She adds that “the Chinese CDMO market experienced a high-speed development in the past years.
“When we setup the operations in China, the environment was challenging, especially under the regulatory framework at that time as commercial contract manufacturing of biologics was not permitted by NMPA.
“Indeed, the MAH trial project and the DAL revision were big turning points, since these efforts permit biologics contract manufacturing from legal and supervision perspectives.”
China is an increasingly attractive market for drug companies. Estimates suggest around $130bn is spent on medicines in China each year, with some predicting this will increase to $160bn in the next three years .
According to McKinsey, this growth combined with the DAL revisions and government driven expansion of the national reimbursement drug list (NRDL) and essential drug list (EDL) in 2017 and 2018 will see more international drug companies seek to build in China .
In this increasingly favourable environment, multinationals are shifting the focus of their China portfolios from mature to innovative products.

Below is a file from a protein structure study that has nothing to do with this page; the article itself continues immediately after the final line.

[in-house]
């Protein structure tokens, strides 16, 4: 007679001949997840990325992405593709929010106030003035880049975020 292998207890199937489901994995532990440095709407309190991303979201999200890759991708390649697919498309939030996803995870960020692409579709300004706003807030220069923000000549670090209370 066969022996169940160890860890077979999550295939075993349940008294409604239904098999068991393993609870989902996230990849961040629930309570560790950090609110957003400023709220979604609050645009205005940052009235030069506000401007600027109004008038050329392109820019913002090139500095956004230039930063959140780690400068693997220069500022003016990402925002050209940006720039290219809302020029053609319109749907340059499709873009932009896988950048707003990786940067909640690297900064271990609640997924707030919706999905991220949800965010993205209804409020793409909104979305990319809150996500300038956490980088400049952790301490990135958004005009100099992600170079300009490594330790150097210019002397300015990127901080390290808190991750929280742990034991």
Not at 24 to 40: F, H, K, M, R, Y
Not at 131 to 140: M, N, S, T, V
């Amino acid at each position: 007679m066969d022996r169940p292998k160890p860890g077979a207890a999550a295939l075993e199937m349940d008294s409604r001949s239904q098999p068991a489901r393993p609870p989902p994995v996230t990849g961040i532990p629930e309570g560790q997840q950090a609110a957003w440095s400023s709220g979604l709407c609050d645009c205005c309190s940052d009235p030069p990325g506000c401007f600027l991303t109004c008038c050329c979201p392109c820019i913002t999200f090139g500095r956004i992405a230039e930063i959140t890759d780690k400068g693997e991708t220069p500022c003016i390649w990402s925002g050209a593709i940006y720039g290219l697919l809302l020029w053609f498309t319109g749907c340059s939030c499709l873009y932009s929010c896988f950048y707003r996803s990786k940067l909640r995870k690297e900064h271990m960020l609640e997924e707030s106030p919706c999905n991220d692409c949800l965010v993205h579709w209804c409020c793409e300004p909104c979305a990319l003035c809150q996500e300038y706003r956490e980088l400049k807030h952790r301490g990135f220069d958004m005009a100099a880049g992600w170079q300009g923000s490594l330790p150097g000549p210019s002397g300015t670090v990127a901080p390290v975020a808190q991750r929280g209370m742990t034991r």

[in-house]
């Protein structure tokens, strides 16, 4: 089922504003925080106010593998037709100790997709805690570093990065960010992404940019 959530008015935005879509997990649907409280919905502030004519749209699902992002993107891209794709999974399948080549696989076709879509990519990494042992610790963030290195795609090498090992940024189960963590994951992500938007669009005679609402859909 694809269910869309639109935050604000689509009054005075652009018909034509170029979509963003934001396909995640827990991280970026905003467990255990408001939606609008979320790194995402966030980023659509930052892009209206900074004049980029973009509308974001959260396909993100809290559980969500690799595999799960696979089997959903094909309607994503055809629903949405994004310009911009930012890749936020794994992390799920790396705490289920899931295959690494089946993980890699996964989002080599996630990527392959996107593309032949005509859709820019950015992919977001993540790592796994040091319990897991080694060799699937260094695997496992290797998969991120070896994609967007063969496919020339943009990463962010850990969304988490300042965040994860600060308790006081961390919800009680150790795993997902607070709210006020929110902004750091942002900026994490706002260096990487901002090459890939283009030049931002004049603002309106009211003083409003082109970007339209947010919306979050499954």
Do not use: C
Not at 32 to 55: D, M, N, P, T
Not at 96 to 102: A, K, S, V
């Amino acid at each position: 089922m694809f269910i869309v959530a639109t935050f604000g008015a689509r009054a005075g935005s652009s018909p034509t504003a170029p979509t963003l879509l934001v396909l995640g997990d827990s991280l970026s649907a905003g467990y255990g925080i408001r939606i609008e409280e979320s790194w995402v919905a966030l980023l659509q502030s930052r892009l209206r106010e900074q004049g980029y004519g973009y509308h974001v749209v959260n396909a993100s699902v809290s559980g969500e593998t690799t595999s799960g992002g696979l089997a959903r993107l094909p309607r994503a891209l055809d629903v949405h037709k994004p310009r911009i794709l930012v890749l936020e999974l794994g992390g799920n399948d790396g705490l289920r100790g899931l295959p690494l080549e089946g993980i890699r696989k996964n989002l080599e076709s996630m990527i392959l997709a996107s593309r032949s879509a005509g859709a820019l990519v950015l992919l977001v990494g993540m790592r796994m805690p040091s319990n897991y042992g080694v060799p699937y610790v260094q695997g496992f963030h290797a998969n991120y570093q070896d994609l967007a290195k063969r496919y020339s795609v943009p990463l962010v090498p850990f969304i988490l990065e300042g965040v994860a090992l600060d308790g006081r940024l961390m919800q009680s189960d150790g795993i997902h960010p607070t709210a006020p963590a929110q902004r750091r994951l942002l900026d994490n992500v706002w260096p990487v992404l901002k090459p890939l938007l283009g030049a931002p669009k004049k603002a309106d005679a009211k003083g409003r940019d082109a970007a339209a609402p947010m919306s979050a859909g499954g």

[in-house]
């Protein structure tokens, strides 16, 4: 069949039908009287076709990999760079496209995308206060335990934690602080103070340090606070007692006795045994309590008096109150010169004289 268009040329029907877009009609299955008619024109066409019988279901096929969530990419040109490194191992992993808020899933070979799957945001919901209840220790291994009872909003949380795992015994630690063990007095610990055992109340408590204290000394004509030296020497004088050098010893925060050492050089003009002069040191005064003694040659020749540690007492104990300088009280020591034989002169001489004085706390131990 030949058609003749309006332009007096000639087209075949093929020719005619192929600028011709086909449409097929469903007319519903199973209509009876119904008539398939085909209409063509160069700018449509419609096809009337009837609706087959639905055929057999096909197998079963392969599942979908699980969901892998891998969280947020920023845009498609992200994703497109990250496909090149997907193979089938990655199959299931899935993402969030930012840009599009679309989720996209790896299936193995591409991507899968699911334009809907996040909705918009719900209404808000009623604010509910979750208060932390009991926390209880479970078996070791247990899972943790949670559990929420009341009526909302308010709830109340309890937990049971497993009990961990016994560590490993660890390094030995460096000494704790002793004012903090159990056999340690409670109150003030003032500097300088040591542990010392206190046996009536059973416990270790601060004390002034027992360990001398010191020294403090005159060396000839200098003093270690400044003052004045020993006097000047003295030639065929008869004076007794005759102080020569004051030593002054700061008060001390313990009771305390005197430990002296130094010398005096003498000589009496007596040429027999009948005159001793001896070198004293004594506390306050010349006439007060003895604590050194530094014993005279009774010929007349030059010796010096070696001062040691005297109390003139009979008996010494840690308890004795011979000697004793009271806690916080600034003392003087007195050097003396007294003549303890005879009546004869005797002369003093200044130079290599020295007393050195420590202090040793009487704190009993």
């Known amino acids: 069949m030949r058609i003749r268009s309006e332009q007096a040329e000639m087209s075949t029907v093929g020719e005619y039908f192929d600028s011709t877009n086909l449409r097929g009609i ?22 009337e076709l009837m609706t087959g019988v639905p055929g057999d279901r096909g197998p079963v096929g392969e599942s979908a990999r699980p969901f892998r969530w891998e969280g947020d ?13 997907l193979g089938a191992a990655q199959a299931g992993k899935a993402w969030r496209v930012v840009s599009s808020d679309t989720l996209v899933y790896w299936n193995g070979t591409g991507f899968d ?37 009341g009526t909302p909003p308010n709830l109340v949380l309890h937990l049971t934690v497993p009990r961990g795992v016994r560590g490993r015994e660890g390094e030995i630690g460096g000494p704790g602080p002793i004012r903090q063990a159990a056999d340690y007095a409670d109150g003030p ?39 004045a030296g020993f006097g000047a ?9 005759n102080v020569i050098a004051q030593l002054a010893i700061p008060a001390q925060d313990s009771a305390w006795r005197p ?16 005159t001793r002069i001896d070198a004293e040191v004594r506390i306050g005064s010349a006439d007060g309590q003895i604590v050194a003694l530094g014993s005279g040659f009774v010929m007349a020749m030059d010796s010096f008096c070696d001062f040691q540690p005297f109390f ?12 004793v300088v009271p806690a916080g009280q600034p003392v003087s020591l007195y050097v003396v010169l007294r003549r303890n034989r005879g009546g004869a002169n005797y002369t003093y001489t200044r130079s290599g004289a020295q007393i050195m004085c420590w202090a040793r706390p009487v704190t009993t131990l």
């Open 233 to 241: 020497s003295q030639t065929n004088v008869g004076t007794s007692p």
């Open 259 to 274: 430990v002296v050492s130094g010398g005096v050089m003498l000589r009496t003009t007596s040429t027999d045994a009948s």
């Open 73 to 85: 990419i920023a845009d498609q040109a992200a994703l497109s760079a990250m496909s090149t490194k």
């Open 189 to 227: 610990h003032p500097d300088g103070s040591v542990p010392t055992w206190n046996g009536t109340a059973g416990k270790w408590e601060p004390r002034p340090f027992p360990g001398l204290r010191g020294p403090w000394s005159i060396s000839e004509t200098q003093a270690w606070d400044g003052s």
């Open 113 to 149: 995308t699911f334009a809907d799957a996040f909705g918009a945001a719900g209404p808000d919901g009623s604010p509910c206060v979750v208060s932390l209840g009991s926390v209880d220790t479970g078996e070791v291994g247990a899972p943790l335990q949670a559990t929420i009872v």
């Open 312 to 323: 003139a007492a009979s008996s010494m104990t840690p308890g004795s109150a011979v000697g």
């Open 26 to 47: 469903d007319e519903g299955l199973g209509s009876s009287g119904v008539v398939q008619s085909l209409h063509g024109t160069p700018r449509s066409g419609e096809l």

The influx of multinational drug companies is likely to further increase demand for China-based contract manufacturing organisations, according to Wuxi’s Kevin Huang: “From our perspective, the CDMO sector is still attracting private investment as investors believe the booming Chinese biopharmaceutical industry would accelerate CDMO growth. “
He adds that “international companies entering the market will face talent competition and localization challenges, in addition it will cost time for them to adjust and build up capability and capacity.”
The emergence of SARS-Cov2, the virus that causes Covid-19, in Wuhan, China last December had a huge impact on the country .
The government’s efforts to contain the spread of the virus saw Chinese citizens confined to their homes and many industries – including the pharmaceutical sector - temporarily suspend or minimize production operations.
The shutdown prompted concerns about the global drug industry’s reliance on CDMOs in China. For example, according to the US Food and Drug Administration (FDA), 13% of brand and generic active pharmaceutical ingredient (API) manufacturers are based in China [10, 11].
Industry expert Fiona Barry, Associate Editor at PharmSource, told us some disruption is inevitable.